Mission Film: Possible
At the 38th FILMSCHOOLFEST MUNICH, film students from 19 countries will present their short films. Viewing audiences at the Filmmuseum from November 19 to 24, 2018 will see what outstanding student films are possible around the world.
Like Tom Cruise, the motto of this year’s festival is “Mission Film: Possible”. This can be taken two ways. First, believing in oneself and one’s mission can allow one to make interesting and exciting films against all odds. Second, many of the emerging filmmakers deal with today’s tenuous job market and of course tell coming-of-age stories, this time focusing particularly on the everyday lives of boys.
The preselection jury (Olga Baruk, Hans Albrecht Lusznat, and Milena Debeljković) has chosen 46 films from 19 countries for competition, including 30 feature films, 8 documentary films, 5 animated films, and 3 experimental films. These come from Australia, Austria, Belgium, Britain, Colombia, Germany, Finland, France, Hong Kong, Israel, the Netherlands, Palestine, Serbia, Singapore, Slovakia, Spain, Sweden, Switzerland, and the United States. The professional and emotional realms they examine and the issues they reveal within those realms could not be more diverse.
“It isn’t easy to make a film. It requires diligence, stamina, a high tolerance of frustration, and in spite of all of one’s desire for self-fulfillment, patience and team spirit. Young film students from around the world must demonstrate all these qualities and many more before they can even get started. At film school, they learn to cultivate their various talents over a period of years, in order to go to work with others. We’re looking at their first works here at the festival and are happy to find that, yes, in spite of everything, mission film is possible!” says festival director Diana Iljine.
ABOUT THE FILMS IN THE COMPETITION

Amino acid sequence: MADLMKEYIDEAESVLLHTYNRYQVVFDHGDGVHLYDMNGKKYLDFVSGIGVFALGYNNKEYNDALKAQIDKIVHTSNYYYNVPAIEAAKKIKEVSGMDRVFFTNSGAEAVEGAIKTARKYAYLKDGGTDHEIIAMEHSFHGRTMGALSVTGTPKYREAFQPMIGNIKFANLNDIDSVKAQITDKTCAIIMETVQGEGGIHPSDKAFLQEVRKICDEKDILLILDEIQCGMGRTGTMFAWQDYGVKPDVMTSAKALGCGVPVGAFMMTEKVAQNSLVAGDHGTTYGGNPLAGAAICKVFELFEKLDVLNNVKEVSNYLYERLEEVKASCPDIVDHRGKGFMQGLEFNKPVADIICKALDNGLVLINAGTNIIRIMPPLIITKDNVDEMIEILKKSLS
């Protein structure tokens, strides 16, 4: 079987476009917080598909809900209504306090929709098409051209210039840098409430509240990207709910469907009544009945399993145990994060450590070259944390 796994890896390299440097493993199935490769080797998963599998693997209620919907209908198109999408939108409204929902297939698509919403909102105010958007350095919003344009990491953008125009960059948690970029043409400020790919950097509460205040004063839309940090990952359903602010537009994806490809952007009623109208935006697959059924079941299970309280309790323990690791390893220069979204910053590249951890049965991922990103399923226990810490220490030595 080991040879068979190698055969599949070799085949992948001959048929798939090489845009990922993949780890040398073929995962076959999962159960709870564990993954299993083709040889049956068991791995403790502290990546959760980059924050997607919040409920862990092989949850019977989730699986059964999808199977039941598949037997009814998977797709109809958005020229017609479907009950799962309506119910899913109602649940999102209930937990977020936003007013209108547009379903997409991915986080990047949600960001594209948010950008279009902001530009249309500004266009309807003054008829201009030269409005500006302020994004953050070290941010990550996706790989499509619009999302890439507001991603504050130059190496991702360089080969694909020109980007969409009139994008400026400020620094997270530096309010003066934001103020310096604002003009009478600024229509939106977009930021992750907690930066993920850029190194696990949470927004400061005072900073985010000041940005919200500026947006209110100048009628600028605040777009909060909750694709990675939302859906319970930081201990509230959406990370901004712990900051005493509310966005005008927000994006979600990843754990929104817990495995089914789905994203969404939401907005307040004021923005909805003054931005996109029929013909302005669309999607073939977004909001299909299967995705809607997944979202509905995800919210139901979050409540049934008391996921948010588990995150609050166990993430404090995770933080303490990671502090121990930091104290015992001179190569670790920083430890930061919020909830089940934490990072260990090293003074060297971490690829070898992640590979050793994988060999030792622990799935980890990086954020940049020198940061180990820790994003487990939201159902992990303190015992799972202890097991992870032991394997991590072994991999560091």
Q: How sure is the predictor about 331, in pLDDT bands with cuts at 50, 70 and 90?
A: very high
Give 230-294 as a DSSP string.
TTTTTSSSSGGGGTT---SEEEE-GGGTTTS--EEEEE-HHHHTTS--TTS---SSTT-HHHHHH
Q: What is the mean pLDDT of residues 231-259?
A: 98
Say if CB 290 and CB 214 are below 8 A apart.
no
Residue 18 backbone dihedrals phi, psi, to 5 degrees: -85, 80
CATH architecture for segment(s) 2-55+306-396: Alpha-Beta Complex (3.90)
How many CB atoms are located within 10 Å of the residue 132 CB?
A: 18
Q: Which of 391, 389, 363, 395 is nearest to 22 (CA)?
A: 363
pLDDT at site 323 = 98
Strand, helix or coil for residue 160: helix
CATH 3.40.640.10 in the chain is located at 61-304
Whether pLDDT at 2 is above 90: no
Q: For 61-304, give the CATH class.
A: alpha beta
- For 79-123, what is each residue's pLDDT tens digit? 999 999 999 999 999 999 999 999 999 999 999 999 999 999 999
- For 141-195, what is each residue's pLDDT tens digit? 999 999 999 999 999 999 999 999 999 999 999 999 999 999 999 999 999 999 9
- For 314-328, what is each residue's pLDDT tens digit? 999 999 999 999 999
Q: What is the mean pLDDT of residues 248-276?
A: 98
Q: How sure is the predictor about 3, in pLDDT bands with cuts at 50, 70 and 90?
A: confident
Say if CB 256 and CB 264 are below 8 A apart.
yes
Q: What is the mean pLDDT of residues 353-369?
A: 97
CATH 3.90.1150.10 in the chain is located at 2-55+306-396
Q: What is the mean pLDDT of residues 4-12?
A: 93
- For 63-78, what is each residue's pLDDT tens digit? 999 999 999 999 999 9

In the Israeli short film “Meir”, caregiver Meir has to face a daughter’s accusation that she injured her mother. Man Ho must also become a caregiver when her own mother dies and she needs to earn her own money for the first time, leading to an encounter with an old woman in the tragicomic film “Landing” from Hong Kong. Not one, but two short documentaries take us to water’s edge: “With All the Will in the World” deals with a shipyard in England that was closed in 1988 and is to be replaced 30 years later by a bridge costing millions of pounds. “Unspoken War”, about a fishing community in Singapore, follows an environmentally conscious fisherwoman as well as the coast guard in their activities. The German animated film “A Sweet Story” introduces us to a fishmonger’s melancholy existence, but when he falls in love, he decides to become a confectioner in order to create the perfect sweets for the woman he adores. Less dreamy is the workplace of a foreman in the United States who has to deliver bad news to the workers at her machine shop, some of whom are employed illegally. As a documentary counterpart to “A Foreman”, “Undocumented” portrays the working life of a young man who was brought to the United States illegally as a child. His only joy is his job on a film set. Conforming to our motto, “Mission Film: Possible”, young Israeli director Omri Dekel-Kadosh portrays himself in “Portrait of My Family in My 13th Year” as a director who wants to get his father (“played” by Omri’s real father) to reenact a childhood memory. However, his father remembers things differently. A fantastical end-time scenario far from the documentary realm is the product of the Australian animated film “Fifty-Two”. In an underground station, a worker must clean the dust off of a power-generation facility — until an accident occurs. Shocking is the view of a completely different profession given by another animated film, this time one with a documentary background. “Worth Every Penny” from Israel is based on the testimony of sex workers as well as posts by Internet users who have sought out their services. “Mathias” enters an austere new working environment that’s sometimes made more cordial by a few co-workers in the new film by Clara Stern (Film Academy Vienna), whose “Waiting Time” was shown at last year’s Filmschoolfest. Mathias doesn’t quite manage to feel comfortable at the workshop because his co-workers might find out that he used to be called Magda. Other short films take us to a cheap hair salon (“4,95”), a pool used by professional divers (“Eyes Shut”), a resort hotel in the Russian steppe (“End of Season”), and a supermarket in Israel, where an employee named Dan suffers from post-traumatic stress disorder (“Terror”). The consequences of the Palestinian-Israeli conflict are also palpable in “Torch”: 15-year-old Noga is expected to give a eulogy to her father, who died in a terrorist attack.